Posted by: Morgan Hubbard | November 9, 2010

Insert history lesson here

Adam Serwer over at The American Prospect is only the most recent commentator to bring up Harry Truman in the ongoing debate over Don’t Ask Don’t Tell. Rarely are parallels so obvious in the history of policy making.

But one important factor seems missing from every account of this parallel I’ve read so far: the personalities of the policy makers in play. Truman moved to desegregate the armed forces by executive order because he thought it was the right thing to do, it’s true. This is well documented and the man, deeply flawed in other ways, deserves credit for his moral stature on this point.

But here’s the crucial back story. The historical record (according to my own research at the National Archives between 2004 and 2006) suggests that Truman felt desegregating the military was right not just out of some devotion to sky-high ideals. In fact, he was motivated much more strongly by anecdotes of racist violence visited on returning black servicemen after World War II. Walter White, then head of the NAACP, discusses this in his memoir. Truman’s sense of propriety was well-developed, and racist violence offended him, even wounded him, more deeply than any careful consideration of the wrongs of the military’s policy of segregation.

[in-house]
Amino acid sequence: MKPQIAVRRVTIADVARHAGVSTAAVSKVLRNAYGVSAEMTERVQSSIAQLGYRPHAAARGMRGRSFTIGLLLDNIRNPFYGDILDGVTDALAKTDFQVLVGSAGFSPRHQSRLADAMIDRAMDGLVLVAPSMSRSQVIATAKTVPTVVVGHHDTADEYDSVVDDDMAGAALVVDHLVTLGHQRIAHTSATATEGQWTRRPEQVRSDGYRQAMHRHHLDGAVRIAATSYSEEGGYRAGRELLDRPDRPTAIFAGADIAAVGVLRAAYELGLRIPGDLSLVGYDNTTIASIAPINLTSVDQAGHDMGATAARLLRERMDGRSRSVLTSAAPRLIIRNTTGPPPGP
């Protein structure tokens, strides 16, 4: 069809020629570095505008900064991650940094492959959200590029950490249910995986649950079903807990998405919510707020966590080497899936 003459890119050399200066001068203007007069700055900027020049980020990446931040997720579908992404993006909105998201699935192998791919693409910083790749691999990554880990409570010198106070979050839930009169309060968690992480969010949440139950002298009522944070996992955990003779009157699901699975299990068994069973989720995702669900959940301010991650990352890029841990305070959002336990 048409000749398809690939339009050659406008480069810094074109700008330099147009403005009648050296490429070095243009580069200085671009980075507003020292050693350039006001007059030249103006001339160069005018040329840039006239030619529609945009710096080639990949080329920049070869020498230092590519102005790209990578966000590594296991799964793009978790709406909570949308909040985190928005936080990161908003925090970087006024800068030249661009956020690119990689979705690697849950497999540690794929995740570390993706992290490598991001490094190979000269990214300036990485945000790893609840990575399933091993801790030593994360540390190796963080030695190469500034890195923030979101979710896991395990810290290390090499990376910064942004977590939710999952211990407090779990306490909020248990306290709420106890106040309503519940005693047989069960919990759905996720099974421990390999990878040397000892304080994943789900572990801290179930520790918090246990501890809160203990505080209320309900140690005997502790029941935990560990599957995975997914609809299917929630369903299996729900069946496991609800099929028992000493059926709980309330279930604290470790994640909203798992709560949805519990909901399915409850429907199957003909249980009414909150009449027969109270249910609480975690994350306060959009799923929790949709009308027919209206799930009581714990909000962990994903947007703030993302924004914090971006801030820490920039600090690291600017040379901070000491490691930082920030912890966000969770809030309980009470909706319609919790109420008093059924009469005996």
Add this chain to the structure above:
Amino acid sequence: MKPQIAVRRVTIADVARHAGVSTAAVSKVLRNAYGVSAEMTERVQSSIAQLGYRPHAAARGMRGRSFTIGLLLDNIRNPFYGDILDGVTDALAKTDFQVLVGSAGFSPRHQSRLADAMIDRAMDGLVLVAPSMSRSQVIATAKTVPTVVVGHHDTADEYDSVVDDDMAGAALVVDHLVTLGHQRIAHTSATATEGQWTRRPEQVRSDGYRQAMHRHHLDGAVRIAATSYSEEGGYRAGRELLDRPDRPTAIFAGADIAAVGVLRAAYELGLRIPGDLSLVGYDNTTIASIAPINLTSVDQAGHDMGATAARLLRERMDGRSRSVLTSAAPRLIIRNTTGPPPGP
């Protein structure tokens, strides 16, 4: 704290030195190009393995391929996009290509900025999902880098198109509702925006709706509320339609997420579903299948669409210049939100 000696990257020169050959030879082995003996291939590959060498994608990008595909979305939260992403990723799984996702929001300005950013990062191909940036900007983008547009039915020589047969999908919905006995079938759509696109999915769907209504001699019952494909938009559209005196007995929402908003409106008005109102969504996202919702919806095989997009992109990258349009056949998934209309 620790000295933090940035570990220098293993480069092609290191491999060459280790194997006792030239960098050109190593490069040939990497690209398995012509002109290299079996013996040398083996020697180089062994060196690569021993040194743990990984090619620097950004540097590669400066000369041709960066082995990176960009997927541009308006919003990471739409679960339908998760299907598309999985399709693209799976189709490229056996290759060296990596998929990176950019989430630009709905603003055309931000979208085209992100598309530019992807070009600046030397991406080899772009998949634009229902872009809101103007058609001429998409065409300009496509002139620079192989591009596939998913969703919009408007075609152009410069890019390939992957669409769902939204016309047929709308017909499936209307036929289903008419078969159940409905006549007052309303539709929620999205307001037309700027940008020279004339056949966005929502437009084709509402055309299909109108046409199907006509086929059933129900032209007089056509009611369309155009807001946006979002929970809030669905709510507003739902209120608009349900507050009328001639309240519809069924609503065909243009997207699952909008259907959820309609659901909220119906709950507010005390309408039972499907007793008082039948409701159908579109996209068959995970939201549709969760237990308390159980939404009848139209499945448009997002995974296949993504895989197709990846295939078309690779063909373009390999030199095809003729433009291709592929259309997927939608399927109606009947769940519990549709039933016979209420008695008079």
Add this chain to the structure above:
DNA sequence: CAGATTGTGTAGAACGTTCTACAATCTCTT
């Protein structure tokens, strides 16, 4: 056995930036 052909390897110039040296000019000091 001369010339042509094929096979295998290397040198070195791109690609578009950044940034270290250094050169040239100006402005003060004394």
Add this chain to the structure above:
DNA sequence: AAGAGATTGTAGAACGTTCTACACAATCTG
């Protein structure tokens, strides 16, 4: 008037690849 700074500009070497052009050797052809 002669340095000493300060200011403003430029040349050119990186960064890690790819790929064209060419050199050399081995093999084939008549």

Add to this the fact that Truman was not one to deliberate on the subtleties of an issue. Case in point: as VP in 1945 he attended the Kansas City funeral of the corrupt machine politician Boss Pendergast, to the collected gasps of Washington commentators, because Pendergast had been his friend in the past. And, finally, add the fact that in 1948, a feisty Truman, facing the staunchly obstructionist 80th Congress, felt he had nothing to lose by ram-rodding desegregation into law.

Now, shake, strain, and pour. Boom goes the dynamite: Executive Order 9981.

Where does this leave us? The DADT equation is more complicated because, as I understand it, an executive order wouldn’t fix the problem. Congress has to be involved. But if the policy is repealed in the next two (or six!) years, it will be in part because the president puts his weight behind the repeal effort. But Obama is not Truman. In fact, Obama seems much more like Truman’s predecessor, the studied, contemplative, and infinitely political FDR.

I hope this is one case where personalities, in the end, don’t matter after all.



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